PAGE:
Without existing context, it’s brutally hard to put enough into a planner to warrant the effort. It’s not that the planning algorithms don’t work (they are computationally non-trivial but there are working planners) it’s that it’s often easier to write a simple program that is not generalized and address the specifics than to use the general purpose beast. And of course, that requires a developer.
It’s Not Just Planners
This is not that different from the problem faced in robot cars. Humans understand the meanings and implications of what they see at the side of the road.
Residential neighborhood, wide open lawns, parked cars … go slow, a kid could dart out.
Trying to make “all of those rules” in a formal notation is an incredibly tedious task.
The use of statistical learning (“Machine Learning” including neural nets) tries to get around this problem by “learning from data.” Without any attempt to teach the machine rules, samples of inputs and outputs are provided and the machine “learns” to generate “reasonable outputs” for different inputs.
The popularity of machine learning is precisely because it eliminates the need for a person to figure out the formal rules. The downside of machine learning is that it is an approximation from data…in places where “close is good enough” this is fine but there are many cases where “good enough” isn’t. For instance, to avoid damage to a motor shut it down if the temperature exceeds a threshold. Trying to come up with enough samples to gain enough “examples of emergency shutdown” and ensure that rule was “discovered in data” would be a challenge.
Again, it boils down to context. Machine learning algorithms are generalized to the point they don’t care what the numbers mean. Only that they produce output numbers that are “like” what they’ve seen before in “similar” conditions.
Still No Solution
I have been seeking some sufficient means of allowing general knowledge to be captured without forcing formal logic.
The way people work with language isn’t generally formal. We can use the same word to mean different things in different contexts, and we almost never give the full context of anything. As a result, our use of natural language is “loosey goosey” which is what drives researchers to use artificial formal languages.
But I keep trying, because if there was a way to allow people to readily use AI planners the computer could actually serve a lot more people.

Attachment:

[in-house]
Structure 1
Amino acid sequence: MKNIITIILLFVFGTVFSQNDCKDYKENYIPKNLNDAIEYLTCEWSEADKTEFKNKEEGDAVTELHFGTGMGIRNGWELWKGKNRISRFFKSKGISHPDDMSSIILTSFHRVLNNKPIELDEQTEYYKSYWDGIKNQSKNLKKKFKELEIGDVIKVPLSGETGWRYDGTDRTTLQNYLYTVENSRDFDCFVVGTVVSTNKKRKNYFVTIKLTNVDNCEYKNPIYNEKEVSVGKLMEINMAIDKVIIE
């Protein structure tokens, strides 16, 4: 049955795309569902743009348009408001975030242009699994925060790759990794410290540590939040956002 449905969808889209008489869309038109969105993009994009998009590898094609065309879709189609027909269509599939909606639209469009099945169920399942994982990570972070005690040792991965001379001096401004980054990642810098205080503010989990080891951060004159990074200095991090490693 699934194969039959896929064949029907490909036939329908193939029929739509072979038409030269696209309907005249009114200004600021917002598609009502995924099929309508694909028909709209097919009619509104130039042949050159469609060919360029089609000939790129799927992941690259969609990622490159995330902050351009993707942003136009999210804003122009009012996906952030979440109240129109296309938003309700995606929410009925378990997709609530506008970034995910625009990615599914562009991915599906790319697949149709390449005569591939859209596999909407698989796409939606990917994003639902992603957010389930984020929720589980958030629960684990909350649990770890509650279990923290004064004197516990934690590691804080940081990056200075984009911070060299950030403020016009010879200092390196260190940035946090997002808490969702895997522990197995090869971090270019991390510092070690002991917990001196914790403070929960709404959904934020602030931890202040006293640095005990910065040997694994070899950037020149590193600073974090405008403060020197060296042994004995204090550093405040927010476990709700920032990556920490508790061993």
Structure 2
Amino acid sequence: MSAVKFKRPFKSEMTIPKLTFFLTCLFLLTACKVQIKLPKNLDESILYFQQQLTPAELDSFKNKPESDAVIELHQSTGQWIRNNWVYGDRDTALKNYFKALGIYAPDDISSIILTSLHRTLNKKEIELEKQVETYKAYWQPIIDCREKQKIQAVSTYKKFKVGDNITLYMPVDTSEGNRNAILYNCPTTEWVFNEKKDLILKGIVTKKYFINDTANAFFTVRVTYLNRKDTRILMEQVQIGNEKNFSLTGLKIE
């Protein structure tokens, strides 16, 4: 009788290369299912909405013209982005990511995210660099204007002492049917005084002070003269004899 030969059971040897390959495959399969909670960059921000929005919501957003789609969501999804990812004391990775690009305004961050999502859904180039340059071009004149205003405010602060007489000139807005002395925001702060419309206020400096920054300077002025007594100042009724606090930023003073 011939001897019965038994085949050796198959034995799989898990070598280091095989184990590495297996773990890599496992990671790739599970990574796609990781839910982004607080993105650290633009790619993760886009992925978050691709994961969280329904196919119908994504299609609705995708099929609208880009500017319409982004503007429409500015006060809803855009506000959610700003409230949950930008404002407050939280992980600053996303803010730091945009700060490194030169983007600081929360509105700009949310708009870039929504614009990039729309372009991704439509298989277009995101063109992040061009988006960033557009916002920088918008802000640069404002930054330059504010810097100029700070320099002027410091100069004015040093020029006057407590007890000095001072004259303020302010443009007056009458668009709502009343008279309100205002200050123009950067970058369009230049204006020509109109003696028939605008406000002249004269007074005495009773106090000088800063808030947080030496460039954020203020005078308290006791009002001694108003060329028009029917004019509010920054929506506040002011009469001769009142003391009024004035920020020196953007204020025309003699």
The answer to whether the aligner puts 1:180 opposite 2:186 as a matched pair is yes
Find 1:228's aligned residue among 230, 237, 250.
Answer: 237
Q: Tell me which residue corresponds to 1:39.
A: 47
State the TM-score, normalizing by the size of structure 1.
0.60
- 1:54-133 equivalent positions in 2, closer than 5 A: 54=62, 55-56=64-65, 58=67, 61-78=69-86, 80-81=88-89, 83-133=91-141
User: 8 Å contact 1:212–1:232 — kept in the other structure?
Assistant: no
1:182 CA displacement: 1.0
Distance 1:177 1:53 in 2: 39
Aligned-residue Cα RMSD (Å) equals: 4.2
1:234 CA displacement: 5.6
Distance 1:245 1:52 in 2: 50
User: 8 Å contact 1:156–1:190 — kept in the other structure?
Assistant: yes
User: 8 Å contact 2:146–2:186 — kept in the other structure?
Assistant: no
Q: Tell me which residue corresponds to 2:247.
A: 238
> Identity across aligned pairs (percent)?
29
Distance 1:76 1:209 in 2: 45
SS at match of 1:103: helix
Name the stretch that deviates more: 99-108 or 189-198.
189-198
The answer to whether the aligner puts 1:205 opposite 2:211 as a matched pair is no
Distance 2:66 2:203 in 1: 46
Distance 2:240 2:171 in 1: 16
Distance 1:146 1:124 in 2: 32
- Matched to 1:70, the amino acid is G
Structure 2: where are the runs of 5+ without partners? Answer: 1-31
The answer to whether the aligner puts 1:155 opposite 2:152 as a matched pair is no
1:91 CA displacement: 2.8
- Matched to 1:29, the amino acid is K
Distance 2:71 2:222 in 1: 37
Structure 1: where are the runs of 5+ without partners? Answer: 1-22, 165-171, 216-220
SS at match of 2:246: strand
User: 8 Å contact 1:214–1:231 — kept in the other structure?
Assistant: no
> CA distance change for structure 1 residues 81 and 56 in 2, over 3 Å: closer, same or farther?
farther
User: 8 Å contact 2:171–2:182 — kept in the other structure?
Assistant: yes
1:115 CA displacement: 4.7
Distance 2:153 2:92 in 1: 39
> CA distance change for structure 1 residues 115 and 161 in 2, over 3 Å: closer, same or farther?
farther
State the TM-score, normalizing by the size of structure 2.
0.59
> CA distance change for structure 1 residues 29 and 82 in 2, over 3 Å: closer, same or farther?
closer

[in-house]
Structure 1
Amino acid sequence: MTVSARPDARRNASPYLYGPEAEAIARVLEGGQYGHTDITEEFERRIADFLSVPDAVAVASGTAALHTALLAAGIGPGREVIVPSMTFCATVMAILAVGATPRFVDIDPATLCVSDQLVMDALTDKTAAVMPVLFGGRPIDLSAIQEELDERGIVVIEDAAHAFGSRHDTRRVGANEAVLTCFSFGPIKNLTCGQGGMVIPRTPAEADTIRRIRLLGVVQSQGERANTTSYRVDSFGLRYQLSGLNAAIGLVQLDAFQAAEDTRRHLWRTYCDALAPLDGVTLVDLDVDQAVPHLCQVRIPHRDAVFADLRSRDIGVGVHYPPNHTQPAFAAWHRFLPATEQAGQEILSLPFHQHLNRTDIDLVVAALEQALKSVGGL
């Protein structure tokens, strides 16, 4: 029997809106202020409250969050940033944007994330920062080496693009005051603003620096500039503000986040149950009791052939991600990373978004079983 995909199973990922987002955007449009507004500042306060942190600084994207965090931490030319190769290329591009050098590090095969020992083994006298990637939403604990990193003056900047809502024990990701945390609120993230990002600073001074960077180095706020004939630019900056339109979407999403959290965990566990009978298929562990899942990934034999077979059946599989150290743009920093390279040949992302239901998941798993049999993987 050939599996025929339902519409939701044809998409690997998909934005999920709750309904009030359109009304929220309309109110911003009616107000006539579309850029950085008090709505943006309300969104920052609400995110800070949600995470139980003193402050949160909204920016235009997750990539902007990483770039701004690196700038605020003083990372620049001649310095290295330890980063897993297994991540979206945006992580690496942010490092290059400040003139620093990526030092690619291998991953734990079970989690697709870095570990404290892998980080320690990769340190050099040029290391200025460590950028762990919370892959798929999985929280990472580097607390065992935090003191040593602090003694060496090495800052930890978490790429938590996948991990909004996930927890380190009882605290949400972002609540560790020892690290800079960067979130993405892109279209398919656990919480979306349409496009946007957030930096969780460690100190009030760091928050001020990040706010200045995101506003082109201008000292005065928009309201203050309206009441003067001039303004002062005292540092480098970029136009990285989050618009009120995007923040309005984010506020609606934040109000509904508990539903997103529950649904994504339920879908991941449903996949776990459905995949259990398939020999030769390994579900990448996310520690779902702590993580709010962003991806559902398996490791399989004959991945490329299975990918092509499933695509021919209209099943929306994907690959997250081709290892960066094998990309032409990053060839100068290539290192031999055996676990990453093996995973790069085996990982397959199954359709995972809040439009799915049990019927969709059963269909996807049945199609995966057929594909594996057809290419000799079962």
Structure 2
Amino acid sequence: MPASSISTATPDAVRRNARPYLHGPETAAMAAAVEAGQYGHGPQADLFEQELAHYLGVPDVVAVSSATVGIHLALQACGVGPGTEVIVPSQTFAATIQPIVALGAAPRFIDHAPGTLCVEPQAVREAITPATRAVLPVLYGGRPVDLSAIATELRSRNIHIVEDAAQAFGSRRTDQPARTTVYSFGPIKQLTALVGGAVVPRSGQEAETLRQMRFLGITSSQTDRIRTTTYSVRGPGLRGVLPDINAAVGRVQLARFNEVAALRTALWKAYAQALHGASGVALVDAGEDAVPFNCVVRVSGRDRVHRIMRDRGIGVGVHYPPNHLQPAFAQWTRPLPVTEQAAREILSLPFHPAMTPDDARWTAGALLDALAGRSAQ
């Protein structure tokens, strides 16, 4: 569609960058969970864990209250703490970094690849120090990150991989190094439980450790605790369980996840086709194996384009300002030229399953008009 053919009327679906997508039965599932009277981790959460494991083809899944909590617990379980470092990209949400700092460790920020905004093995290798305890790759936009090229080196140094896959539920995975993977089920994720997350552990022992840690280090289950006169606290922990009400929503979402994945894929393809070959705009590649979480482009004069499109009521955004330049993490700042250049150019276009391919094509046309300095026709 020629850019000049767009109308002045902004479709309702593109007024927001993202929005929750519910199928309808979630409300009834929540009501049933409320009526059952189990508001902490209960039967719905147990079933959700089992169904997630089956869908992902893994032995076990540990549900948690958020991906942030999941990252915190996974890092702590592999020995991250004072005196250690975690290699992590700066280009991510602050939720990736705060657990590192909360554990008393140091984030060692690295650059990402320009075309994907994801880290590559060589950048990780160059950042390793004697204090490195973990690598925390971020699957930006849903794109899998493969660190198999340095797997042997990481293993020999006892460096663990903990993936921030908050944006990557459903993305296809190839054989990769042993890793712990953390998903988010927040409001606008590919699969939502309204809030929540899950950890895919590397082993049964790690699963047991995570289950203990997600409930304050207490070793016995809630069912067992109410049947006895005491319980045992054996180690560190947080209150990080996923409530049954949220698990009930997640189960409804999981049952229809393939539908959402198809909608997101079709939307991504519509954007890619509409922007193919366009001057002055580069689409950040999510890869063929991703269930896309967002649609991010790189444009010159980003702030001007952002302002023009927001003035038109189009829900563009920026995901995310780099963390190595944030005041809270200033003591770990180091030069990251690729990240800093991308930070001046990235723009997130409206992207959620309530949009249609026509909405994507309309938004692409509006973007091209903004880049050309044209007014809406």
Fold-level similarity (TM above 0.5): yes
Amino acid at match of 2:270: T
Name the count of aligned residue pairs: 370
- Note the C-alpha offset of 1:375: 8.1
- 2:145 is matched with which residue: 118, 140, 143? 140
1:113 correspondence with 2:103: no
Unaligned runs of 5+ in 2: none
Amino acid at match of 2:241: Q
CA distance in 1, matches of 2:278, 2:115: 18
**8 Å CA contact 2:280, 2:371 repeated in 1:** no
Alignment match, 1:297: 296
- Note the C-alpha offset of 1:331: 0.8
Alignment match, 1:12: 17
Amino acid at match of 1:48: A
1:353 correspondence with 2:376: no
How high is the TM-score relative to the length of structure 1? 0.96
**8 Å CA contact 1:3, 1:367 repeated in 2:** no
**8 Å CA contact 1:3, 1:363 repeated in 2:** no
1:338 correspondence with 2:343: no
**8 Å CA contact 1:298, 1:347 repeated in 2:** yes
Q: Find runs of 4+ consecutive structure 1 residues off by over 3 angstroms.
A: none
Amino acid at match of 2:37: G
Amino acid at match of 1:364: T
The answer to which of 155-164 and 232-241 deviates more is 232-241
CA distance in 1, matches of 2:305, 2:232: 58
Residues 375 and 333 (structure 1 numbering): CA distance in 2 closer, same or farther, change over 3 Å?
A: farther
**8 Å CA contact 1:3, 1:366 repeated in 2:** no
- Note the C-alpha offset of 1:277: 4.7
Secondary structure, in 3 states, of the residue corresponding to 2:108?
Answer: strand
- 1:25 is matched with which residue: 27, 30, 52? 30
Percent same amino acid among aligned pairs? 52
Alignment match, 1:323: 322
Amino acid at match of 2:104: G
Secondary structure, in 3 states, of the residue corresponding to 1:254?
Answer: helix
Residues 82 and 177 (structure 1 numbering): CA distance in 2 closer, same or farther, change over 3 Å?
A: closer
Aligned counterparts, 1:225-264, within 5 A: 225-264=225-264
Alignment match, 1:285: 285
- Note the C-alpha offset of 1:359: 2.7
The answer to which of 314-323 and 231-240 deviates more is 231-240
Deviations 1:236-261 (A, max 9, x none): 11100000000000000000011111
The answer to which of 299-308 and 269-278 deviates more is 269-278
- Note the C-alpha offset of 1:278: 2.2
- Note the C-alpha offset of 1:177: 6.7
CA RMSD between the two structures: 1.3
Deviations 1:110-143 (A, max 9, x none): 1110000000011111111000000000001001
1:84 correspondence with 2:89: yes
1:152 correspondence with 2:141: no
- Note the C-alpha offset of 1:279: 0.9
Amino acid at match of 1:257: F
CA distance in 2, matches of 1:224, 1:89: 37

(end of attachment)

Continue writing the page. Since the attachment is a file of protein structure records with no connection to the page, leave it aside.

Right now almost all thinking is done by people and the computer records the results of the thinking. Even programming: I (or any programmer) decides and then we express the result of our decisions into a formal notation (a programming language). As a developer, I can at least make the machine do what I choose.
For most non-developers, even “no-code/low-code” systems don’t give them the ability without a lot of training and practice to command the machine.
I don’t want to force people to command everything. I’d like to let them explain what they know and want. I’d even like the computer to ask for clarification as needed.
This isn’t wholly a pipe-dream. I’m one of the patent holders of the Payroll Policy Miner, which lets a computer examine the inputs and outputs of a payroll system and reference a set of “payroll policies” that it then deduces the configuration of the payroll system. And because it’s a well formed domain, the computer asks questions with multiple answers to pick from in order to clarify uncertainties. The process of policy mining is thus a conversation in which the computer examines data, asks for clarification, and then repeats, each step defining more of the payroll rules for the customer.
So, I’ve done a very narrow focused version. Not of planning, but of “understanding from data and rules.” But it was still formal.
It may be I never figure out a way to explain “general things” to the computer in a way that doesn’t require advanced training in formal notations. But, just as spreadsheets broke the idea “only programmers can control computers” I believe it’s a challenge worth pursuing.
If not me, then I hope someone else solves it! I would really like to use it …
Keep the Light!